Commenting, Peter Luff, the Committee Chairman, said:
"Having looked in depth at the issues confronting the post office network we are convinced that, given sufficient political will from both central and local government and a real determination to sustain and develop a priceless national asset, there is no reason why the network cannot flourish again, serving the whole nation in a uniquely valuable way."
The Committee has been monitoring the network over many years. The Government recognised its expertise and asked it to "to work with the Government to identify new services to help secure the long-term viability of the post office network". The Committee agreed to do this, but insisted it would set its own terms of reference for the inquiry.
The Committee found no shortage of services the post office network could and should offer, dividing them into five categories: mail services, financial services, local government services, central government services and broader community services. It offers specific ideas for new services in these five areas.
The Committee believes that social exclusion and isolation can often best be countered by encouraging face-to-face services. It is, therefore, particularly critical of the proposal set out in the Digital Britain report for a Digital Switchover of Public Services, in which the internet would be the primary means of access to public services, rather than one of many. While the Committee wholeheartedly supports electronic delivery of public services, the Government must prevent social exclusion. The report notes that 40 per cent of households do not have access to the internet, and even those that have access may not wish to use it, particularly for financial transactions. Members of the public can be encouraged online - they should not be driven there.
To find out what people want from their post office network, the Committee involved as many people as possible in the inquiry, through a call for written evidence, an online web forum, several visits and oral evidence sessions. Public views underpin the report throughout. Overwhelmingly, the public told the Committee that the post office network is a vital public service and must be maintained.
The local post office is trusted and loved, with many depending on it as a community hub. Closing a branch harms both local businesses that make extensive use of post office services and the community, which loses access to important public services.
The Committee has no doubt that the post office network should be used to provide access to significantly enhanced banking services. However, there are different models available to achieve this outcome and it had insufficient information to choose between them at this stage. The Committee says that the Government must act urgently to resolve this issue and that it should also act quickly to encourage negotiations between Post Office Ltd and individual banks to improve access to their services through the network; specifically, the Government should encourage those banks in which it has shares to make sure their accounts are widely available.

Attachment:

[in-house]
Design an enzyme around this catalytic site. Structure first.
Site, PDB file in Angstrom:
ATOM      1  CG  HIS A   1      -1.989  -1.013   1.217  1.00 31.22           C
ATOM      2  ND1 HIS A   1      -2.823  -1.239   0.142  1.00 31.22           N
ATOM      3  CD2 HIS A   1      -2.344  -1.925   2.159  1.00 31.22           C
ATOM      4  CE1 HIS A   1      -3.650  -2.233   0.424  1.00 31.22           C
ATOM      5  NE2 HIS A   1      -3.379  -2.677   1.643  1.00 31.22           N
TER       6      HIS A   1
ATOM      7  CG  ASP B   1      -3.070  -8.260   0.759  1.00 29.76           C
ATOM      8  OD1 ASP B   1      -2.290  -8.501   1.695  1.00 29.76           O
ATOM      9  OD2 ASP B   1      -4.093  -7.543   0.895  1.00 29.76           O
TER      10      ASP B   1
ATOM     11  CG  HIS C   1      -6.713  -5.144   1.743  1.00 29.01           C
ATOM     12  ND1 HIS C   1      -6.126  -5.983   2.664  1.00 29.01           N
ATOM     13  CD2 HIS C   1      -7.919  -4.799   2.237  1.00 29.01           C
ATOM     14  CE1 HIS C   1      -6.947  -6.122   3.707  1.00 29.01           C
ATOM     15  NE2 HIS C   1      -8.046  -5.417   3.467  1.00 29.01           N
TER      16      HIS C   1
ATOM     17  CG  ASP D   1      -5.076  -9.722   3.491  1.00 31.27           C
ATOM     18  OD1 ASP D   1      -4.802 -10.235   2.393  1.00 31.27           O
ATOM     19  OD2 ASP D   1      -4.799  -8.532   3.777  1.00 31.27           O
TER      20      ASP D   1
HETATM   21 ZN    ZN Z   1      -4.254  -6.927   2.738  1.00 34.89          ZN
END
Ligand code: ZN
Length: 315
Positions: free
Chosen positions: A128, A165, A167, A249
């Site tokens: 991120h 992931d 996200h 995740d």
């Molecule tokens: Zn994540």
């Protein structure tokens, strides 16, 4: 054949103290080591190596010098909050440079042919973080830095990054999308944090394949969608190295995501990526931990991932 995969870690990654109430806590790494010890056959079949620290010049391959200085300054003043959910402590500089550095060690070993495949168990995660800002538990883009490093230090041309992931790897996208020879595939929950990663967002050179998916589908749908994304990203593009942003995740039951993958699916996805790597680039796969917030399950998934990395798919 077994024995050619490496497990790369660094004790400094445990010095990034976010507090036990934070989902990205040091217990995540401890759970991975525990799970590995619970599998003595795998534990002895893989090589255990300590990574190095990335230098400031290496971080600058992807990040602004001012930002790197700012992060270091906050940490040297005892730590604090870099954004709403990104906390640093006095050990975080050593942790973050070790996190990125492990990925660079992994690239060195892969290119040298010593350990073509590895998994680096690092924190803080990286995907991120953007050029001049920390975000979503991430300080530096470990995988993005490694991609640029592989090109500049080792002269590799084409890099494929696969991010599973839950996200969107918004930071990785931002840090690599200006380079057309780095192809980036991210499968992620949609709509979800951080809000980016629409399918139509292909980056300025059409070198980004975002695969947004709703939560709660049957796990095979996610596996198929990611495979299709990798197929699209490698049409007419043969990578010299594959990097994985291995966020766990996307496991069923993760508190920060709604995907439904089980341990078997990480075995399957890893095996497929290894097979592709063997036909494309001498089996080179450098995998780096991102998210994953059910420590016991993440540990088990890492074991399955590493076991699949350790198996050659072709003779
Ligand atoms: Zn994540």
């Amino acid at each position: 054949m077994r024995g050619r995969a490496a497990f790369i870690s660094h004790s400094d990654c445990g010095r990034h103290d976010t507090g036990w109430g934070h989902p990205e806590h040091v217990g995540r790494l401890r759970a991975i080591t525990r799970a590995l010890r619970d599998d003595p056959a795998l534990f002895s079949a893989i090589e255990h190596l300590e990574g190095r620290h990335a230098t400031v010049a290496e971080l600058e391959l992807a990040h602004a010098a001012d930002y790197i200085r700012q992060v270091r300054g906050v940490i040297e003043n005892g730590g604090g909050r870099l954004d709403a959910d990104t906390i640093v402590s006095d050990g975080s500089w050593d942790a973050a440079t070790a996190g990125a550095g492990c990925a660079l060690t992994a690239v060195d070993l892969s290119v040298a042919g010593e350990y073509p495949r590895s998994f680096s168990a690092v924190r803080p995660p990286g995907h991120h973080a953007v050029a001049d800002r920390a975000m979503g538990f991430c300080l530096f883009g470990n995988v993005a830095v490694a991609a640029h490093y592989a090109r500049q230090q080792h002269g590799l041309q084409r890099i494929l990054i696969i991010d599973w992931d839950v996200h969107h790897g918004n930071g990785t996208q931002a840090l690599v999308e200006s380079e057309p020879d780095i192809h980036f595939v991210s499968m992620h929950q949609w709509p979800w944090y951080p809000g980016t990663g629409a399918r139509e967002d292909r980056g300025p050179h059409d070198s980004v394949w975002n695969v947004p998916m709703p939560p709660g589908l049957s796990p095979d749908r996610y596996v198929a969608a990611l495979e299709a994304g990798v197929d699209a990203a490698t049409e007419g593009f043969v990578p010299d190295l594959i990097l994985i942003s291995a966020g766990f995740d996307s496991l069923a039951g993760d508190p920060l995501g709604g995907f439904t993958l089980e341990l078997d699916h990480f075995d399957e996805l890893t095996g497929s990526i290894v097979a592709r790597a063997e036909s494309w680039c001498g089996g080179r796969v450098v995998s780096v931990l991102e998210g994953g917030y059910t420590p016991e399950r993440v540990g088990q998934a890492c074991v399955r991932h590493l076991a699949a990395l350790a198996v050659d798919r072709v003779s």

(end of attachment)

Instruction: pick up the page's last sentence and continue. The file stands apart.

Local authorities offer a wide range of services through the post office network, and the report notes that some are taking a commendable lead in sustaining the network directly. However, the Committee believes more could be done to benefit both sides, and urges Post Office Ltd to take the lead in developing services which can be easily accessed by local authorities.
The report also concludes that the Government has underestimated the potential of the network to serve as a link between government and its citizens. Although some departments are seizing the opportunity a truly national network offers to allow easy access to their services, many departments are woefully unimaginative about the needs of their customers. The network has declined over the last decades because government business has transferred to cheaper channels.
If the post office network is to continue in its present form, it needs to be useful to its customers - including the public, businesses and the Government - and profitable both for Post Office Ltd and for its private sector partners. The Committee criticised the fact that many postmasters earned less than minimum wage: "when the state provides services directly, it pays its workers at least the minimum wage. Post Office Ltd, a state-owned company, should ensure it treats its subpostmasters and Outreach operators no less fairly". Also, the Committee warned that post offices must be efficient and well run, and that expansion of government services through the network must be accompanied by efforts to ensure that Post Office Ltd itself does not become complacent and inefficient.
The report concludes: "The Post Office has been used to provide public services and private services in partnership for nearly four centuries; the Committee has no doubt that with will and imagination, and whole-hearted government support, it can continue to do so."
Peter Luff, Chairman of the Committee said:
"People have a right to get government services in the way that suits them. The Government’s support of £150m per year is welcome, but it is absurd to be paying this each year to support a post office network which offers limited services when it could simply pay the network to offer services people actually want. This report will, I hope, be welcomed by ministers responsible for postal issues who, I am confident, know what is needed; they must now make sure that all departments are signed up to a vision for the future of this vital national asset.
"The passions the Network Change programme provoked showed that communities value their post offices - now it is time for politicians to step up to the mark and give post offices their wholehearted practical support.
"We conclude that post offices can flourish again - and must be allowed to do so. Our report shows - in considerable detail - what needs to be done."